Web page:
For Objectivists, selfishness is a moral ideal. It is proper for man to act in his own self-interest, and his own happiness ought to be his highest moral purpose. But when it comes to interpersonal relationships, some Objectivists misconstrue the meaning of “selfishness” to mean “self-centeredness.” When meeting new people, or in building relationships, they tend to ignore the values of others. This misinterpretation of the Objectivist ethics implies a failure to recognize the great potential value of other rational beings. One who commits this error can develop and reinforce a social ineptness that cripples his ability to develop relationships.
To illustrate my point, I will take a simple example that everyone can relate to: meeting new people. How does the (rational) selfish man get to know a new person? How about the self-centered man?
[Before one can get to know new people, he must be around them. One will not meet many people by sitting around his apartment all day, every day. Some self-centered men never get to the point of meeting new people because they believe that they ought to be entirely “self-sufficient,” with no need of friendships or romantic love. But I will leave this issue aside for now, and focus on the method that a selfish vs. self-centered man uses to get to know new people.]
The self-centered man (implicitly) believes that his own thoughts, interests, and values ought to be the focus of any effort to develop a new relationship. When he meets a new person, his objective is to tell that person all about himself. “This is what I do for a living, this is what I’m passionate about, these are my interests, etc.” Of course, he will listen to what the new person has to say, but that is not his primary objective. For the self-centered man, the natural course of conversation is: I tell you as much as possible about myself, and you tell me as much as possible about yourself. The self-centered man evaluates new people, not on the basis of their values, but on how they respond to his values. For him, that is what getting to know people means.
As anyone who has met this kind of person will attest, the self-centered approach can come across as aloof, snobby, rude, or disinterested. One gets the impression: “This person is not at all interested in getting to know me, only in telling me about himself.” The self-centered man does not treat new people as potential values. Potential values are to be probed, investigated, and evaluated. How can one evaluate a new person if he makes no effort to discover that which he is evaluating? Though he may not intend it, the self-centered man sends the message that he does not see new people as a value (except as receptacles for information about himself). Not surprisingly, this turns people off.
Since many aspects of one’s personality become automatized, the self-centered man may get the feeling that he is socially awkward, but he doesn’t know why. Social ineptness due to self-centeredness can build on itself, as one automatizes the impression that new people do not value him properly. If the above example describes how you get to know new people, then I advise you to reevaluate your methodology. If one takes the self-centered approach in meeting new people, then he is more likely to be a self-centered friend and a self-centered lover. A friend who doesn’t take stake in your values is not a friend. The lover who is uninterested in your interests is a shitty boyfriend.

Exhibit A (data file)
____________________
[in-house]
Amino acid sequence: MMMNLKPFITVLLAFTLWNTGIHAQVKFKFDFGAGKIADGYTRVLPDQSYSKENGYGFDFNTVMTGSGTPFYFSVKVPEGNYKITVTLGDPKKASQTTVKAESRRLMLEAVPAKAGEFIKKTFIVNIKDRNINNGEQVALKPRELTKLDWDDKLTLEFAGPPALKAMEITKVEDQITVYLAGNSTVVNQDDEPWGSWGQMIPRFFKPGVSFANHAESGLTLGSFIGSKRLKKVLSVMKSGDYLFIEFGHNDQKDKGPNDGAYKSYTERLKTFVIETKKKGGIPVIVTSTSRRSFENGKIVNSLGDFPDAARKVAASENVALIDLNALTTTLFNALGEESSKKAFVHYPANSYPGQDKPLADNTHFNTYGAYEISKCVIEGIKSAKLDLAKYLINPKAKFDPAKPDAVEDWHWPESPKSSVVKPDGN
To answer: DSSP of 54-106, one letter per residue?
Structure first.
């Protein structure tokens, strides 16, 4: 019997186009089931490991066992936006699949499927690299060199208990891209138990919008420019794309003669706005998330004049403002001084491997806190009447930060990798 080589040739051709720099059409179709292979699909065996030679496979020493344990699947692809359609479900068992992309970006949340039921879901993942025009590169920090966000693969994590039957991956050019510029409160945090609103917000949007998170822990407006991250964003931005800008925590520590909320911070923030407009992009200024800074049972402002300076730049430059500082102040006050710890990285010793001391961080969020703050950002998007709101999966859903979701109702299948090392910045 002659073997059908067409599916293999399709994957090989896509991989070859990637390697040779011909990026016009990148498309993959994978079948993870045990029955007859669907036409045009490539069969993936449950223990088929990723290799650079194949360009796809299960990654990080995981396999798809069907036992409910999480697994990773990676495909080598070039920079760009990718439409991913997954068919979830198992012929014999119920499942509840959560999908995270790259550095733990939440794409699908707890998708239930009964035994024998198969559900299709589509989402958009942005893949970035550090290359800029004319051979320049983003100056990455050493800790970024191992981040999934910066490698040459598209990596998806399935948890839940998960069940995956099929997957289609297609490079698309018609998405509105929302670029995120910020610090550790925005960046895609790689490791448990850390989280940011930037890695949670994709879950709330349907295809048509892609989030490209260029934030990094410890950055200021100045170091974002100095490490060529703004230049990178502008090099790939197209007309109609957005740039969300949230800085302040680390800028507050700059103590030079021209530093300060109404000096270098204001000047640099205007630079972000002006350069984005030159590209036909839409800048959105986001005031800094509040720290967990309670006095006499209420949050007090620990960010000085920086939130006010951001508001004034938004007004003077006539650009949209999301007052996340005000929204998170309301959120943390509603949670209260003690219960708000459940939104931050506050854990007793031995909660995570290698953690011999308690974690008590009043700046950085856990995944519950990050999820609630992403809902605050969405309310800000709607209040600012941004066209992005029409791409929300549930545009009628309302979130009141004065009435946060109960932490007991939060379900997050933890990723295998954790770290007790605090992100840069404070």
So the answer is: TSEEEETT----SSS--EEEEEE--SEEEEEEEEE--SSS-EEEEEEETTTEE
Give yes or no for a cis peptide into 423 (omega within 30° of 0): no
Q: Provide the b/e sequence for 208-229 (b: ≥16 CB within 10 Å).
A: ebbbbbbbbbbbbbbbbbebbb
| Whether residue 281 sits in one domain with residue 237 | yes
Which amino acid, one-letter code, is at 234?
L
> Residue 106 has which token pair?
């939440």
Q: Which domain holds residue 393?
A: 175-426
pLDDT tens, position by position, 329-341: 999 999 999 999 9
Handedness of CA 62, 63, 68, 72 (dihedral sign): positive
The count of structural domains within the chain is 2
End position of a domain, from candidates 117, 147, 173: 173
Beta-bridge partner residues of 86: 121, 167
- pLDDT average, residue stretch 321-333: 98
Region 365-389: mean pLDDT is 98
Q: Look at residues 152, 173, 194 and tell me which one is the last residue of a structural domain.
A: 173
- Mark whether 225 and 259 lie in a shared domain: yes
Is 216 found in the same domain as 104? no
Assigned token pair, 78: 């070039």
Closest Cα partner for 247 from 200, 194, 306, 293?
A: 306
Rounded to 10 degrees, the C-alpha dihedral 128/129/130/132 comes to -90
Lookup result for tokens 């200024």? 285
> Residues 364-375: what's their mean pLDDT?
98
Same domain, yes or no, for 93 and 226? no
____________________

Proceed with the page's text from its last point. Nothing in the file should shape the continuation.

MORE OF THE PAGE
How then does the (properly) selfish man approach meeting new people? Because he views other human beings as potential values, he aims to explore the nature of those values. His objective is not to talk about himself, but to explore the values of others. He tries to make the new person comfortable, asks questions, and strives to relate the new person’s values to his own. Of course the selfish man will talk about himself, but that is not his primary focus. Assuming that the new person is also selfish, the probing questions will go both ways: “So what do you do when you’re not working?” “I enjoy reading adventure books like The Three Musketeers. How about you, what are you into? Etc, etc.”
If it turns out that the new person is a dud, then the selfish man has lost nothing. But if the new person is a potential friend (or lover), then he has taken the first step toward treating this person properly as a value. Such an attitude is obvious to others, and is most often greatly appreciated. If you have ever met a man who tried his best to make you comfortable, showed interest in your interests, and strived to relate your values to his -- then you know what I’m talking about. These selfish men are the very definition of social aptitude. They are the men who make friends, influence people, nail the interview, and get the girl. The selfish approach also can become automatized in the subconscious, giving one a feeling of confidence in his social interactions.
The selfishness vs. self-centeredness misunderstanding is fairly common among Objectivists. It’s an easy error to make, but it can be a difficult one to rectify. If you value relationships, make sure you take the selfish approach. And get over yourself already! :)